People who edit Simple English Wiktionary want users to be bold in making and changing entries. Wikis like this one grow faster when many people fix problems, correct grammar, add facts, etc. Expect others to be bold. It is okay. It is what everyone expects. Have you read something and thought, "There are many errors here"? Wiktionary lets you fix bad entries, and it also wants you to fix them. It is important to be polite, but being bold works. You will see.
If someone writes a bad entry, a funny entry, an entry stub (very short entry), or nonsense, do not worry about the feelings of the person who made it. Fix it, add to it, and, if it is nonsense, replace it. That is the way a wiki works.
...but don't be reckless! [change]
New users often enjoy the openness of Wiktionary and just start editing. That is a good thing. But please note: 'be bold in changing pages' does not mean that you should change everything on a long entry, especially entries which people argue about, and entries that others have been working on for a long time. Also, be objective with the facts, not opinionated.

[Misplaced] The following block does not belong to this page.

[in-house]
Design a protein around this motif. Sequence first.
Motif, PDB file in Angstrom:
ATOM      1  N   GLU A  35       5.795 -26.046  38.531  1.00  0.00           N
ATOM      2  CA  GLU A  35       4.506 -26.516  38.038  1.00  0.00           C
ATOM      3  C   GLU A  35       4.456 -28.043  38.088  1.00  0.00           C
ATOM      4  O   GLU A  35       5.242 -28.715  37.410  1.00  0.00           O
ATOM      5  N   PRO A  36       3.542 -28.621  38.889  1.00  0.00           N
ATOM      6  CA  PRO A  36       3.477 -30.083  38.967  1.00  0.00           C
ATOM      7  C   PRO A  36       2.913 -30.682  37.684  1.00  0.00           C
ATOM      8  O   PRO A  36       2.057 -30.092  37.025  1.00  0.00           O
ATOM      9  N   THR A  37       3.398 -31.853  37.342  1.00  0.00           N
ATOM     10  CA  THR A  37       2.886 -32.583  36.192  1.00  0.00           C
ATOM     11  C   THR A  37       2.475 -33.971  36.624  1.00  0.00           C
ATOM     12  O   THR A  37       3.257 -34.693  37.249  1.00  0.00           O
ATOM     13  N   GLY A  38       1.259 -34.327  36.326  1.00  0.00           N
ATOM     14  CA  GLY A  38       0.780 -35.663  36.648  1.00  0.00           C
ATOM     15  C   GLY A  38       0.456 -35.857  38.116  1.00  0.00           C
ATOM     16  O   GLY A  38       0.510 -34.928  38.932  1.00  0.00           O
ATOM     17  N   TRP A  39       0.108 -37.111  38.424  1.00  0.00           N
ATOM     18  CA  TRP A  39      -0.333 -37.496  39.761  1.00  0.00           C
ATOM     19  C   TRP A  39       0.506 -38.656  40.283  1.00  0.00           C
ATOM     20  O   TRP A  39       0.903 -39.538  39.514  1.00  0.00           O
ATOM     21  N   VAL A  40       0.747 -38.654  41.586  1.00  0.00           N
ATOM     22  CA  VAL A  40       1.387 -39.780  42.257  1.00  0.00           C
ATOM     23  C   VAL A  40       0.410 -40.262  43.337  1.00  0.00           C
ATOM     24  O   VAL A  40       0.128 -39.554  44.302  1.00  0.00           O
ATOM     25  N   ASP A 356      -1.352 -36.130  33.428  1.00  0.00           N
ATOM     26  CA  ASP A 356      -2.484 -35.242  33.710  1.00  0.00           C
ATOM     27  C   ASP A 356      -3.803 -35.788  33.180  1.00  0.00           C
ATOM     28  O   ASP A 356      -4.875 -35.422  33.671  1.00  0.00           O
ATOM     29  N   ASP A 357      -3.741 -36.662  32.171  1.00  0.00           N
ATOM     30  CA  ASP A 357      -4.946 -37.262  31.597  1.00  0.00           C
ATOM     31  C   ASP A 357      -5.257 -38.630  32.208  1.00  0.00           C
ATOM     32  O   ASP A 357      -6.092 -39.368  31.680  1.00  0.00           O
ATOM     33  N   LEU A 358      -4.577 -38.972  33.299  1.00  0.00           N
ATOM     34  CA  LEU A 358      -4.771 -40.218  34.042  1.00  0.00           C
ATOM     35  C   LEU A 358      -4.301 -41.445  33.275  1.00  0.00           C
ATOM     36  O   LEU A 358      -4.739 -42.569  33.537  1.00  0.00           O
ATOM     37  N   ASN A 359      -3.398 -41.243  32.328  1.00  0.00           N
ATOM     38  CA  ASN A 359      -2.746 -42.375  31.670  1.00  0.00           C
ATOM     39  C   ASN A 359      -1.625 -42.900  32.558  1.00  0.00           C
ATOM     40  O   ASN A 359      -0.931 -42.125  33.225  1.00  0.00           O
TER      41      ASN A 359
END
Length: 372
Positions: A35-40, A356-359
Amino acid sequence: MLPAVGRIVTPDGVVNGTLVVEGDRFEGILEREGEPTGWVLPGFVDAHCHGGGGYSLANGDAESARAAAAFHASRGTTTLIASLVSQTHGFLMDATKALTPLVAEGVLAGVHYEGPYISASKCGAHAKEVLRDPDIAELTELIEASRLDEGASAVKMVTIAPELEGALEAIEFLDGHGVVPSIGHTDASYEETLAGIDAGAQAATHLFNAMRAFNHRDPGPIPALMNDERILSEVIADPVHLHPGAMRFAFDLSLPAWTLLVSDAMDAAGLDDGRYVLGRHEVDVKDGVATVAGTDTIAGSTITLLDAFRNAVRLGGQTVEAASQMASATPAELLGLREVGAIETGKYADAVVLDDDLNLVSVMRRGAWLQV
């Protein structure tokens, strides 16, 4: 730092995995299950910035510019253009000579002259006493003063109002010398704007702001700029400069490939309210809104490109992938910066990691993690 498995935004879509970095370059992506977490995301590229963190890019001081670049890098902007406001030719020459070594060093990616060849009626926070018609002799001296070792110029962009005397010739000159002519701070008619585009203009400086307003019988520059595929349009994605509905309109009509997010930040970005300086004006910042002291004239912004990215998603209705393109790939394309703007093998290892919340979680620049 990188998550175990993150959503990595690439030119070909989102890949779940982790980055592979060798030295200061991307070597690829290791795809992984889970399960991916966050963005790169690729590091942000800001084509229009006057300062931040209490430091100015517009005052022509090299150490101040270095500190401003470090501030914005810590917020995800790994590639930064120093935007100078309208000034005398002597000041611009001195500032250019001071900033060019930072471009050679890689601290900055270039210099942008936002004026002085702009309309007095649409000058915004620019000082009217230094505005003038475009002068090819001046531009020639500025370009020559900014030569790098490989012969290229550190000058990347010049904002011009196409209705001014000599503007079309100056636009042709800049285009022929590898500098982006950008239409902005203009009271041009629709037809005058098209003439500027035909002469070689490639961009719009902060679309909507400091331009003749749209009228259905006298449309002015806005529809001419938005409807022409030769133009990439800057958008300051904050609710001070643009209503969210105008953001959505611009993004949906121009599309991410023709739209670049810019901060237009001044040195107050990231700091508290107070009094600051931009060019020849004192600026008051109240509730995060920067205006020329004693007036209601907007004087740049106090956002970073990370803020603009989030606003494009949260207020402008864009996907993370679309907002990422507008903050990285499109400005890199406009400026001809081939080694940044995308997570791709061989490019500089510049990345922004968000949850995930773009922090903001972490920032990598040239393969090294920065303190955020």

Often an entry is the product of a lot of work to agree between Wiktionarians of many different backgrounds and points of view. An edit that does not respect that work may make people angry.
If you want to edit an entry on a subject about which people disagree, first read the entry to the end, read the comments on the talk page, and look at the page history to understand the history of the entry and its state. Sometimes it helps to read some related entries, since what looks like a problem or something that was left out may not be one.
Always move big sections you remove to the Talk page and make a list of your reasons for removal so that other people will understand. Always leave an edit summary that describes your change and reasons.